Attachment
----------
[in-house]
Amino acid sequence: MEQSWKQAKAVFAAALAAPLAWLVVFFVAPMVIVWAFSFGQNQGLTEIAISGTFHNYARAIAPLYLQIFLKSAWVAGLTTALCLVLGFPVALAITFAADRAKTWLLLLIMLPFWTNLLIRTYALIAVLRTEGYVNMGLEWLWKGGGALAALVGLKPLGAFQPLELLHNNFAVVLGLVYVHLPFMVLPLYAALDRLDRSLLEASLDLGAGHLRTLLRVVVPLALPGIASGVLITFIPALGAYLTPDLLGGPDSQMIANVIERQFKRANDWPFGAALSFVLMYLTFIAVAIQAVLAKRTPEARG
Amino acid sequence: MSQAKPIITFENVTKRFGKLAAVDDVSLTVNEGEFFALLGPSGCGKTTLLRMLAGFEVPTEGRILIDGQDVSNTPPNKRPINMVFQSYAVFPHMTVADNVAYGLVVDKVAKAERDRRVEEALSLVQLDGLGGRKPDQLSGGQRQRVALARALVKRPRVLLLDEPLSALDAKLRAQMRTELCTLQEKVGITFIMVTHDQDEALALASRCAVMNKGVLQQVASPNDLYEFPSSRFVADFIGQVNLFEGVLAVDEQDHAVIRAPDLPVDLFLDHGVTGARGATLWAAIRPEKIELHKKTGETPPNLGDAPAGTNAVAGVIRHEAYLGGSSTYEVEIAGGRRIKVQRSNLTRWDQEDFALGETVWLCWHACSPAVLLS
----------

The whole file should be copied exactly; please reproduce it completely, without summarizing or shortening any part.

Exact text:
[in-house]
Amino acid sequence: MEQSWKQAKAVFAAALAAPLAWLVVFFVAPMVIVWAFSFGQNQGLTEIAISGTFHNYARAIAPLYLQIFLKSAWVAGLTTALCLVLGFPVALAITFAADRAKTWLLLLIMLPFWTNLLIRTYALIAVLRTEGYVNMGLEWLWKGGGALAALVGLKPLGAFQPLELLHNNFAVVLGLVYVHLPFMVLPLYAALDRLDRSLLEASLDLGAGHLRTLLRVVVPLALPGIASGVLITFIPALGAYLTPDLLGGPDSQMIANVIERQFKRANDWPFGAALSFVLMYLTFIAVAIQAVLAKRTPEARG
Amino acid sequence: MSQAKPIITFENVTKRFGKLAAVDDVSLTVNEGEFFALLGPSGCGKTTLLRMLAGFEVPTEGRILIDGQDVSNTPPNKRPINMVFQSYAVFPHMTVADNVAYGLVVDKVAKAERDRRVEEALSLVQLDGLGGRKPDQLSGGQRQRVALARALVKRPRVLLLDEPLSALDAKLRAQMRTELCTLQEKVGITFIMVTHDQDEALALASRCAVMNKGVLQQVASPNDLYEFPSSRFVADFIGQVNLFEGVLAVDEQDHAVIRAPDLPVDLFLDHGVTGARGATLWAAIRPEKIELHKKTGETPPNLGDAPAGTNAVAGVIRHEAYLGGSSTYEVEIAGGRRIKVQRSNLTRWDQEDFALGETVWLCWHACSPAVLLS